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Cannabis in Vatican City

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The private Vatican Gardens, notably lacking marijuana.
The private Vatican Gardens grow a wide array of plant life, but not cannabis.

Cannabis (in Italian and Latin: canapa)[upper-roman 1] is illegal for any use, cultivation and production in Vatican City.[1] Recreational use of marijuana has been known of and forbidden by the Popes for centuries, for its intoxifying effects and historical association with sorcery; Pope Francis has upheld the traditional prohibition, both in Catholic theology and the law of Vatican City as a country. Due to the very small size of the city-state at 0.44 km2 (0.17 square miles), there is regardless no space for the cultivation of marijuana; the only arable land in the country is the private Gardens of Vatican City.[upper-roman 2] Smoking or otherwise consuming or distributing cannabis within the borders of the city-state is cause for arrest by the Corps of Gendarmerie of Vatican City.[1]

As a result of these laws, the only pharmacy in the Vatican City, the Vatican Pharmacy, does not provide nor sell any sort of cannabis or derivative products and pharmaceuticals.

Holy See on cannabis[edit | edit source]

Catholic dogma[edit | edit source]

Given that the Pope is the Supreme Pontiff of the Holy See, whose secular territory includes the Vatican City State as an absolute monarchy he rules as Sovereign,[upper-roman 3] legislation concerning cannabis is dictated by the positions of the Pope himself according to canon law. Although not a strictly necessary outcome, it is most likely that a Pope who advocates for marijuana use would allow for it in the canon law of the Church, and therefore the Vatican City under its secular jurisdiction.

According to Paragraph 2291 of the Catechism of the Catholic Church, use of drugs in general (as well as production and trafficking) is castigated and prohibited for the Catholic faithful:[2]

The exception of "strictly therapeutic grounds" is not further clarified, as the Catholic Church does not possess an official teaching on particular drugs per se, and a "drug" in this context includes pharmaceuticals. This is inferred by the preceding Paragraph 2290 of the Catechism, which prohibits "the abuse of food, alcohol, tobacco, or medicine".[2]

History[edit | edit source]

Pope Francis in a church procession. He and his predecessors have opposed drug use.
The Papacy historically forbids marijuana, and Pope Francis has retained its position.

In 1484, Pope Innocent VIII issued the papal bull titled Summis desiderantes affectibus,[upper-roman 4] which forbade the use of marijuana and hemp in general, being associated with occultic ritual and witchcraft.[3]

When the Vatican City State seceded from the Kingdom of Italy after the Lateran Treaty of 1929, cannabis was being widely grown for many industries in the latter motherland, alleged to be the second-largest producer in the world, until the rise of synthetic fibers and international crackdown on drugs a few decades later.[4] Industrial cultivation of cannabis was always infeasible within Vatican borders, given it has retained its aforementioned miniscule land since its independence.

In 1961, the Holy See was a signatory of the "neutral group" caucus that assented to the Single Convention on Narcotic Drugs which prohibited production of drugs, including marijuana.[5]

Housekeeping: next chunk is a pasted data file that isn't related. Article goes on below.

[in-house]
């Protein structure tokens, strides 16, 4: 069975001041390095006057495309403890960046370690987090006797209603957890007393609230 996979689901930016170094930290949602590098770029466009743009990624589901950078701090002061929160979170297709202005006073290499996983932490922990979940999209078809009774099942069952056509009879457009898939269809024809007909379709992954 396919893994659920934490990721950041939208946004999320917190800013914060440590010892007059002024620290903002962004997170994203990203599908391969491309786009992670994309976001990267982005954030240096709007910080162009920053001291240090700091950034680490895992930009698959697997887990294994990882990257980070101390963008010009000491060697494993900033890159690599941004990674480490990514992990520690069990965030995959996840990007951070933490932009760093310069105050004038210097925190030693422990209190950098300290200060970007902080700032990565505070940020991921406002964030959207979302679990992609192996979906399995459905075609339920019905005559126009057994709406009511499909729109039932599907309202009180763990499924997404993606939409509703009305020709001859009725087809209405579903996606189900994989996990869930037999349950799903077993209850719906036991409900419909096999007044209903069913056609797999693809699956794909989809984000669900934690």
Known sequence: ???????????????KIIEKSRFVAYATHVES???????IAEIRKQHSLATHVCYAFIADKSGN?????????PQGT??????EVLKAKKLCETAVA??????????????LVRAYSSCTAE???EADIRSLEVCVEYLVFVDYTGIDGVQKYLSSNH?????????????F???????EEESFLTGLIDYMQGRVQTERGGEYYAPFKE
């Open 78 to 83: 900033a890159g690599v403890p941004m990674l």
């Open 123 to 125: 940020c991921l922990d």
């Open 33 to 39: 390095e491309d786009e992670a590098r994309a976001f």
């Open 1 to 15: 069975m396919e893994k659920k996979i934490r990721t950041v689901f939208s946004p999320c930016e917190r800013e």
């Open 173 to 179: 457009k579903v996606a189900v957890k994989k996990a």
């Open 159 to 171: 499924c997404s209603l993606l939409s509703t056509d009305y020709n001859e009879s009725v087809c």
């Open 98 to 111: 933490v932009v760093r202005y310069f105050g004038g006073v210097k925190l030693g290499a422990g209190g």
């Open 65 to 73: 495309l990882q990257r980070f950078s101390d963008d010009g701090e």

In 2014, Pope Francis spoke in opposition to the legalization of drugs, including cannabis, for recreational use. He called drug use a "scourge", and had previously opposed such before his pontificate when he was Archbishop of Buenos Aires.[6] He has maintained his position as of 2019.

See also[edit | edit source]

Others articles of the Topic Cannabis : New Mexico House Bill 356, Ma, Have a Heart (dispensary chain), Poke A Bowl, List of 2019 United States cannabis reform proposals

Others articles of the Topic Catholicism : William Marshner, Godfrey Okoye, Most Holy Trinity Seminary, Ida Mari, Social Research and Action Center, Jesuit Institute South Africa, Latin
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Notes[edit | edit source]

  1. Italian pronunciation: [ˈkaːnapa]. Also known, too, as cannabis in both languages; the former is a formal loanword of the latter. In Late, Medieval and Renaissance Latin, marijuana is also referred to in many declensions and forms, including cannaba, cannabum, cannabus, canva and other minor variants. A similar paradigm also applies to the Italian dialects.
  2. Excluding the extraterritorial properties of the Holy See.
  3. See list of official titles of the Pope and Fundamental Law of Vatican City State.
  4. The Pope at this time was, as Bishop of Rome, the ex officio ruler of the Papal States, the "ancestor" of the Vatican City State.

References[edit | edit source]

  1. 1.0 1.1 "Legal status of marijuana in Vatican City". www.cannabis.info. Retrieved 2018-07-03.
  2. 2.0 2.1 "Respect for health. In Catechism of the Catholic Church". www.vatican.va. Catholic Church. n.d. Archived from the original on 2017-04-11.
  3. Rätsch, Christian (2001-03-01). Marijuana Medicine: A World Tour of the Healing and Visionary Powers of Cannabis. Simon and Schuster. ISBN 9781594776595.
  4. "Italians can't get enough of a hemp product that's illegal to eat or smoke". The Independent. May 8, 2018.
  5. "Final Report – Volume III". www.parl.gc.ca. Parliament of Canada. Archived from the original on 17 November 2002. Retrieved 6 November 2018.
  6. "Pope Francis Speaks Out Against Legalization of Marijuana and Other Drugs". Newsweek. 2014-06-20. Retrieved 2018-07-03.

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